A mutex control block is a data structure used by the operating system to manage mutexes.

4.1 Mutex Control Block

struct rt_mutex
    struct rt_ipc_object parent; /* IPC object inherited */
    rt_uint16_t value; /* There are only two values ​​LOCK and UNLOCK */
    rt_uint8_t original_priority; /* The priority of the thread that last acquired the lock */
    rt_uint8_t hold; /* how many times the thread acquired the mutex */
    struct rt_thread *owner; /* The thread handle that currently owns the lock */

Static mutex: struct rt_mutex static_mutex;
Dynamic Mutex: rt_mutex_t dynamic_mutex;

4.2 The operation of mutex

  1. Init and Detach
static mutex
rt_err_t rt_mutex_init(rt_mutex_t mutex, const char *name, rt_uint8_t flag); //RT_IPC_FIFO RT_IPC_FLAG_PRIO
rt_err_t rt_mutex_detach(rt_mutex_t mutex);
  1. Create and delete
dynamic mutex
rt_mutex rt_mutex_create(const char *name, rt_uint8_t flag);
rt_err_t rt_mutex_delete(rt_mutex_t mutex);
  1. get mutex
Can only be called in a thread, and the same thread can take the same mutex multiple times, its members hold+1
rt_err_t rt_mutex_take(rt_mutex_t mutex, rt_int32_t time) // RT_WAITING_FOREVER = -1
  1. release mutex
Can only be called in a thread, not in an interrupt. The same mutex must be acquired by the same thread in order to release the mutex in that thread
rt_err_t rt_mutex_release(rt_mutex_t mutex)

4.3 The difference between mutex and semaphore

  1. The semaphore can be released by any thread (and interrupt), it is like a traffic light when it is used for synchronization, the thread can only run when it is granted permission, the emphasis is on the running step; the mutex can only be used by the holding it. Thread release, that is, only the thread that locks it has the key to open it, emphasizing permission and authority
  2. Using semaphores may lead to priority inversion, and mutex can solve the problem of priority inversion through priority integration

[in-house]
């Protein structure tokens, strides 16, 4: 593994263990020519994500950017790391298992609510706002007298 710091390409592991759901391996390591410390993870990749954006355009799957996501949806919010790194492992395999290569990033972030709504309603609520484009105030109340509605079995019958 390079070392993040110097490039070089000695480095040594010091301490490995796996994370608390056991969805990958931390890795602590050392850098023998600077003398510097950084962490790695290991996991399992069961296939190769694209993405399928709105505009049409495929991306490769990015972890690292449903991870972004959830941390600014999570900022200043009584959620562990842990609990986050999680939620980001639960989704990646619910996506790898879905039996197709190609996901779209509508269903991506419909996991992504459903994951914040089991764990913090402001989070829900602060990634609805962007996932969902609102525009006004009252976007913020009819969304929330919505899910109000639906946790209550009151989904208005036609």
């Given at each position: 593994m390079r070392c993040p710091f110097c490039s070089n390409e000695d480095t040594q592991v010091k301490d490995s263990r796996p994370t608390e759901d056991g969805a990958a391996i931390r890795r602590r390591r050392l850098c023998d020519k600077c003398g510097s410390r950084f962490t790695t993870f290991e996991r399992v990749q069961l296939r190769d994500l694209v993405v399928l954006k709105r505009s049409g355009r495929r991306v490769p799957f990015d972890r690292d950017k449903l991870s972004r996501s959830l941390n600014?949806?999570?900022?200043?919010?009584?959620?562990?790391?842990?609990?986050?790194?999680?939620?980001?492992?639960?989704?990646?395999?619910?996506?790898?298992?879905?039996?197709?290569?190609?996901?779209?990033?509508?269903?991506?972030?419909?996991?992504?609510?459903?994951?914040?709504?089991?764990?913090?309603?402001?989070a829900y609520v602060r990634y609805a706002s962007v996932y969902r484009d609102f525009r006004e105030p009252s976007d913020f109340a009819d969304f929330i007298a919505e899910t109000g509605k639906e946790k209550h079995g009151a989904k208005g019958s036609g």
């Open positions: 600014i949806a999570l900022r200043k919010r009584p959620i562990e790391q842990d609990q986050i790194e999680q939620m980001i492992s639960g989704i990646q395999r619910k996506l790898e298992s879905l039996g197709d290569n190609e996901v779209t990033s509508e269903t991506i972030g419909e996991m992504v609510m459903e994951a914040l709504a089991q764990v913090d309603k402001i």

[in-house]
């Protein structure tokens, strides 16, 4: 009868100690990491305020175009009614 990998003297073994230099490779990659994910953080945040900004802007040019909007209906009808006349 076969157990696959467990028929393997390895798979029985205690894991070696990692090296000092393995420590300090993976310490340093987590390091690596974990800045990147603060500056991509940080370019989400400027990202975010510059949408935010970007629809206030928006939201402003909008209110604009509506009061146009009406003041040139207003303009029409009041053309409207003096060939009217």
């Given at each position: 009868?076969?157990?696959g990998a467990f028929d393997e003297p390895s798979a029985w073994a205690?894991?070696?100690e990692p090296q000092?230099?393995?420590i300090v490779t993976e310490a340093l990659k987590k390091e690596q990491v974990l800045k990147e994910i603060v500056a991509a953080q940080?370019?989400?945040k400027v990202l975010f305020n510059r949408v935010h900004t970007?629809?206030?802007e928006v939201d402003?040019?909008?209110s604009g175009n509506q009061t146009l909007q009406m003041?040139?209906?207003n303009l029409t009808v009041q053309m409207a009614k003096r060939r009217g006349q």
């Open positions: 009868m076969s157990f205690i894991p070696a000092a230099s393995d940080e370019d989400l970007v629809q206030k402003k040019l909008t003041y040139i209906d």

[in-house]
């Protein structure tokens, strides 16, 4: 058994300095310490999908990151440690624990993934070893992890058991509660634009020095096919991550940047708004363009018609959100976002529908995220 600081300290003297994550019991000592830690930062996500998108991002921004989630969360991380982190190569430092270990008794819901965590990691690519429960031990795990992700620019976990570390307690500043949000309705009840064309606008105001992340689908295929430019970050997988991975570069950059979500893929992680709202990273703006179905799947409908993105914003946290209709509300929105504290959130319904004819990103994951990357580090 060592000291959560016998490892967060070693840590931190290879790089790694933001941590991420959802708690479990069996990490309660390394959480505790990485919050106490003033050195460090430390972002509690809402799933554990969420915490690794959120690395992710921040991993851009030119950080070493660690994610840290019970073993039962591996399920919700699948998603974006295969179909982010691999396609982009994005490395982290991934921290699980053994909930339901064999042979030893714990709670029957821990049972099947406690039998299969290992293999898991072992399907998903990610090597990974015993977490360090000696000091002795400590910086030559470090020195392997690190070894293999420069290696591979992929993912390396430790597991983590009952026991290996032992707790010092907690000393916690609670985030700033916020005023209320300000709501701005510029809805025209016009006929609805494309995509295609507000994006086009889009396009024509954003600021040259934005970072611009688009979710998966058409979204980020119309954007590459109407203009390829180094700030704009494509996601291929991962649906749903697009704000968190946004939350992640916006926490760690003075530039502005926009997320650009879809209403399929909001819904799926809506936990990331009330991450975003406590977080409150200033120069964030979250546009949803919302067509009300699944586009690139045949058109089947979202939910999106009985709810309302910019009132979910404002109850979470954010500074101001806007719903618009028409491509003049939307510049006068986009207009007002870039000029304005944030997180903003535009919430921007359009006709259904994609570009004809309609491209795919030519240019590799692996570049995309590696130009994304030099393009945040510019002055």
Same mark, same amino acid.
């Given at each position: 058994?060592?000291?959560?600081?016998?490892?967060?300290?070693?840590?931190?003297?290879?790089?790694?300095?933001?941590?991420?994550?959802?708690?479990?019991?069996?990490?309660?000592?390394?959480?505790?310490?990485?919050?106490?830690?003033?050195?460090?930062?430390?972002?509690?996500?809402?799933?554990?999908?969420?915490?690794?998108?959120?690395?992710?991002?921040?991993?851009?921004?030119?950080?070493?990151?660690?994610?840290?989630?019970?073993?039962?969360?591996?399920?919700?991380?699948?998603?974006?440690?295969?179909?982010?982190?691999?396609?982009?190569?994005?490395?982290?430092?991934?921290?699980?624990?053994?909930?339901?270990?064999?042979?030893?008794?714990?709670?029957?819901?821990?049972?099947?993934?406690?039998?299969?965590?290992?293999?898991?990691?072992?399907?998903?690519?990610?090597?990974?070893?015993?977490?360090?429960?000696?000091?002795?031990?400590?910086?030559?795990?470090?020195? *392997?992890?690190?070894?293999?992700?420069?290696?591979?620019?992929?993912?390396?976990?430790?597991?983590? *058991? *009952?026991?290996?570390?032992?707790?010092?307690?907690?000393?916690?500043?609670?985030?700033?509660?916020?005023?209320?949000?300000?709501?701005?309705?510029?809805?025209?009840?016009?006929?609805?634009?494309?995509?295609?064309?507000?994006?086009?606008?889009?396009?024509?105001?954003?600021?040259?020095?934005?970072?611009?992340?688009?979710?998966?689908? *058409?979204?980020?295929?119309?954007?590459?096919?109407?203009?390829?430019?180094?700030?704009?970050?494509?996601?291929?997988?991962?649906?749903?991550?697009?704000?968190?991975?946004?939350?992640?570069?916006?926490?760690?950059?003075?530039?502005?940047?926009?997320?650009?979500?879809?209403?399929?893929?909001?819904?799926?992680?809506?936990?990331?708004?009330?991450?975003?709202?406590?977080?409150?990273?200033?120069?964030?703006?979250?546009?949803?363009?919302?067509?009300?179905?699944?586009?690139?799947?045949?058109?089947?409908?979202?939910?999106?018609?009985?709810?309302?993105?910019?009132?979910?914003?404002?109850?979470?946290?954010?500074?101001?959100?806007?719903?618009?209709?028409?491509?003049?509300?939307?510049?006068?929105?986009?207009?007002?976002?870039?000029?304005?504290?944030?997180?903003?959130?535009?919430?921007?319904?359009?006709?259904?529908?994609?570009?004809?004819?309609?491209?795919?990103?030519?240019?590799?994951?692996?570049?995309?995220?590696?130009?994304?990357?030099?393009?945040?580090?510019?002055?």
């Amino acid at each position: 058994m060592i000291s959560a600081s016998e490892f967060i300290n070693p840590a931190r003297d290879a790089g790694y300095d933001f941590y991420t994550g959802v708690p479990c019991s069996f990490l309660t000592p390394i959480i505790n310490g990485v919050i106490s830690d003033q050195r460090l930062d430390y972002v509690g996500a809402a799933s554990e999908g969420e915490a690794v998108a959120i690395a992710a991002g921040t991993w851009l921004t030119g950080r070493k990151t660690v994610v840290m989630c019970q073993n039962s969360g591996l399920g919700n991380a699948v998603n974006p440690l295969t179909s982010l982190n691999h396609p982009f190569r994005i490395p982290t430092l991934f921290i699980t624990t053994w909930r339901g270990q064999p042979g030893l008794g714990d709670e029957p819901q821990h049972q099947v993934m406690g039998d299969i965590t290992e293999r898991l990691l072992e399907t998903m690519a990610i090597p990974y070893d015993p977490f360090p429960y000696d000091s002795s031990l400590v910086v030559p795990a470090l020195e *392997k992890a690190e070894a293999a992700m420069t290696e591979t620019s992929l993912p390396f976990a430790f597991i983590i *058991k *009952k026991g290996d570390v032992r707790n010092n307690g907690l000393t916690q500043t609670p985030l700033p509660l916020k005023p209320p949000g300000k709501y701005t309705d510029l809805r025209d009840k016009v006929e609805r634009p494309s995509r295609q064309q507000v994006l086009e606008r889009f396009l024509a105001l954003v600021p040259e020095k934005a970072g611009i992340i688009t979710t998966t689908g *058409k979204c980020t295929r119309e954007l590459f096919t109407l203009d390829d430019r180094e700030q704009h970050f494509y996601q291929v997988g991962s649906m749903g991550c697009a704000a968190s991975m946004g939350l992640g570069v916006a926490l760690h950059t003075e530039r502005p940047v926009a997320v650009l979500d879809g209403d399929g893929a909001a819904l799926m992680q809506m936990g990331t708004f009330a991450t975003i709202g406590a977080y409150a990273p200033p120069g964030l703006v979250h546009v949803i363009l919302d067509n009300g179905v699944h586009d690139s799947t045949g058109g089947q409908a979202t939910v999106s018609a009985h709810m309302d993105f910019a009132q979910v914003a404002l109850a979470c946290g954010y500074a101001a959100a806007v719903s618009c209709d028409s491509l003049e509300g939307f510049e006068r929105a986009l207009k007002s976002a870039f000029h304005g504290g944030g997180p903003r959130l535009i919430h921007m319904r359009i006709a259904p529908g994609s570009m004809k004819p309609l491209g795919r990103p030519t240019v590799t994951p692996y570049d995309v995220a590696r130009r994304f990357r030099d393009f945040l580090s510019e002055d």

5. Thread priority flip

When a high-priority thread attempts to access a shared resource through a mutual exclusion IPC object mechanism, if the IPC object is already held by a low-priority thread, and the low-priority thread may be run by some other Medium priority threads preempt, thus creating a situation where high priority threads are blocked by many threads with lower priority. High-priority real-time performance is not guaranteed

5.1 Priority inheritance

In RT-Thread, the priority inversion problem can be effectively solved through the priority inheritance algorithm of mutex. Priority inheritance refers to raising the priority of a low-priority thread that occupies a shared resource to make it equal to the priority of the thread with the highest priority among all threads waiting for the resource, so that it can be executed faster and then released. Shared resources, when the low-priority thread releases the resource, the priority returns to its initial setting. Threads with inherited priorities avoid system shared resources from being preempted by any intermediate priority threads

The priority flip line reminds the programmer that the code segment for mutually exclusive access to shared resources should be kept as short as possible. Let low-priority threads finish work as quickly as possible, freeing up shared resources


  1. Getting Started with RT-Thread Video Center Kernel
  2. RT-Thread Documentation Center

Author: CrazyCatJack

Link to this article: https://www.cnblogs.com/CrazyCatJack/p/14408842.html

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Tags: rt-thread

Posted by shage on Fri, 03 Jun 2022 18:42:33 +0530